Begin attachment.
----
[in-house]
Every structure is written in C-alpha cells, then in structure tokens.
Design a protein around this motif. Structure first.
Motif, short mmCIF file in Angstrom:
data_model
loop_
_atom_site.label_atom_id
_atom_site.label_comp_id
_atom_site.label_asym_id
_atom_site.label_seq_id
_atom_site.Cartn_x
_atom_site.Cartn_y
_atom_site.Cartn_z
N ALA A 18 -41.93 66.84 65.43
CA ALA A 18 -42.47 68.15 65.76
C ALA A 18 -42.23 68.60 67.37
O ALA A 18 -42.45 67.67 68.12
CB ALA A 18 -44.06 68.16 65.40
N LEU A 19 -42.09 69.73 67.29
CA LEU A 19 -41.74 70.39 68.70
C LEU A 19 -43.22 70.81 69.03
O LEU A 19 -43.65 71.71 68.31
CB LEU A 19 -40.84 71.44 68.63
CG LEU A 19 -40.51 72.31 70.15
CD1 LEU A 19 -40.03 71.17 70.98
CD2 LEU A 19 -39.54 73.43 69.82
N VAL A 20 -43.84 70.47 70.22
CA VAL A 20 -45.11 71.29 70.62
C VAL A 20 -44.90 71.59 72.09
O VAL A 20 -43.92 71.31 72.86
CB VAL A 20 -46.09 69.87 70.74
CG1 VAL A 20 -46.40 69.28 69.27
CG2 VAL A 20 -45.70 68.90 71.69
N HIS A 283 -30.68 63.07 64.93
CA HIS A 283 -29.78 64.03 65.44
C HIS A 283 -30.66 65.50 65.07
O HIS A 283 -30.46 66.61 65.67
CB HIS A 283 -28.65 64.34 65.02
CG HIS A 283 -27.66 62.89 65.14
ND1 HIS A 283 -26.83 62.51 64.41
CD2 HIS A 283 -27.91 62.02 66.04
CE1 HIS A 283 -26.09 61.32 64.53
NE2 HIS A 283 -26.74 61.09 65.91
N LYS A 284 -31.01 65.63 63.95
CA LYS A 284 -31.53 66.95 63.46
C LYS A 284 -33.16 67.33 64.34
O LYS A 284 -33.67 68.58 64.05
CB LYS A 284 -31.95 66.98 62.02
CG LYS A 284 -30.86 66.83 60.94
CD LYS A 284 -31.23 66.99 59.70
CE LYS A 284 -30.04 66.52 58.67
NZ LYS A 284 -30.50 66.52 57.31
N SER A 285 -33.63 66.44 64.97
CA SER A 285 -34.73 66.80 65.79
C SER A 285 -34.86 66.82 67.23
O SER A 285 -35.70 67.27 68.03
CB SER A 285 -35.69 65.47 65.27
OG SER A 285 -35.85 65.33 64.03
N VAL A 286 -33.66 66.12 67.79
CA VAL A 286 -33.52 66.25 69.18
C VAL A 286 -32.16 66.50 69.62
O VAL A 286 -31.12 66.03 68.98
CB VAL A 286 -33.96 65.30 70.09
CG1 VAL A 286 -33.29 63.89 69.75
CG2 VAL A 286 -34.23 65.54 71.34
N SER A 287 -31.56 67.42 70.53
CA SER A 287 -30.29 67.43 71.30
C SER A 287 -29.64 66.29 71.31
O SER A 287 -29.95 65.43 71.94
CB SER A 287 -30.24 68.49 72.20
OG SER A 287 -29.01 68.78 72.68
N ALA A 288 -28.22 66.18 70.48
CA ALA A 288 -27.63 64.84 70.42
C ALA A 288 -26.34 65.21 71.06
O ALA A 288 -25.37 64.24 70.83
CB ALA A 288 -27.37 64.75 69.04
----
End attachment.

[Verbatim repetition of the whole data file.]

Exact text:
[in-house]
Every structure is written in C-alpha cells, then in structure tokens.
Design a protein around this motif. Structure first.
Motif, short mmCIF file in Angstrom:
data_model
loop_
_atom_site.label_atom_id
_atom_site.label_comp_id
_atom_site.label_asym_id
_atom_site.label_seq_id
_atom_site.Cartn_x
_atom_site.Cartn_y
_atom_site.Cartn_z
N ALA A 18 -41.93 66.84 65.43
CA ALA A 18 -42.47 68.15 65.76
C ALA A 18 -42.23 68.60 67.37
O ALA A 18 -42.45 67.67 68.12
CB ALA A 18 -44.06 68.16 65.40
N LEU A 19 -42.09 69.73 67.29
CA LEU A 19 -41.74 70.39 68.70
C LEU A 19 -43.22 70.81 69.03
O LEU A 19 -43.65 71.71 68.31
CB LEU A 19 -40.84 71.44 68.63
CG LEU A 19 -40.51 72.31 70.15
CD1 LEU A 19 -40.03 71.17 70.98
CD2 LEU A 19 -39.54 73.43 69.82
N VAL A 20 -43.84 70.47 70.22
CA VAL A 20 -45.11 71.29 70.62
C VAL A 20 -44.90 71.59 72.09
O VAL A 20 -43.92 71.31 72.86
CB VAL A 20 -46.09 69.87 70.74
CG1 VAL A 20 -46.40 69.28 69.27
CG2 VAL A 20 -45.70 68.90 71.69
N HIS A 283 -30.68 63.07 64.93
CA HIS A 283 -29.78 64.03 65.44
C HIS A 283 -30.66 65.50 65.07
O HIS A 283 -30.46 66.61 65.67
CB HIS A 283 -28.65 64.34 65.02
CG HIS A 283 -27.66 62.89 65.14
ND1 HIS A 283 -26.83 62.51 64.41
CD2 HIS A 283 -27.91 62.02 66.04
CE1 HIS A 283 -26.09 61.32 64.53
NE2 HIS A 283 -26.74 61.09 65.91
N LYS A 284 -31.01 65.63 63.95
CA LYS A 284 -31.53 66.95 63.46
C LYS A 284 -33.16 67.33 64.34
O LYS A 284 -33.67 68.58 64.05
CB LYS A 284 -31.95 66.98 62.02
CG LYS A 284 -30.86 66.83 60.94
CD LYS A 284 -31.23 66.99 59.70
CE LYS A 284 -30.04 66.52 58.67
NZ LYS A 284 -30.50 66.52 57.31
N SER A 285 -33.63 66.44 64.97
CA SER A 285 -34.73 66.80 65.79
C SER A 285 -34.86 66.82 67.23
O SER A 285 -35.70 67.27 68.03
CB SER A 285 -35.69 65.47 65.27
OG SER A 285 -35.85 65.33 64.03
N VAL A 286 -33.66 66.12 67.79
CA VAL A 286 -33.52 66.25 69.18
C VAL A 286 -32.16 66.50 69.62
O VAL A 286 -31.12 66.03 68.98
CB VAL A 286 -33.96 65.30 70.09
CG1 VAL A 286 -33.29 63.89 69.75
CG2 VAL A 286 -34.23 65.54 71.34
N SER A 287 -31.56 67.42 70.53
CA SER A 287 -30.29 67.43 71.30
C SER A 287 -29.64 66.29 71.31
O SER A 287 -29.95 65.43 71.94
CB SER A 287 -30.24 68.49 72.20
OG SER A 287 -29.01 68.78 72.68
N ALA A 288 -28.22 66.18 70.48
CA ALA A 288 -27.63 64.84 70.42
C ALA A 288 -26.34 65.21 71.06
O ALA A 288 -25.37 64.24 70.83
CB ALA A 288 -27.37 64.75 69.04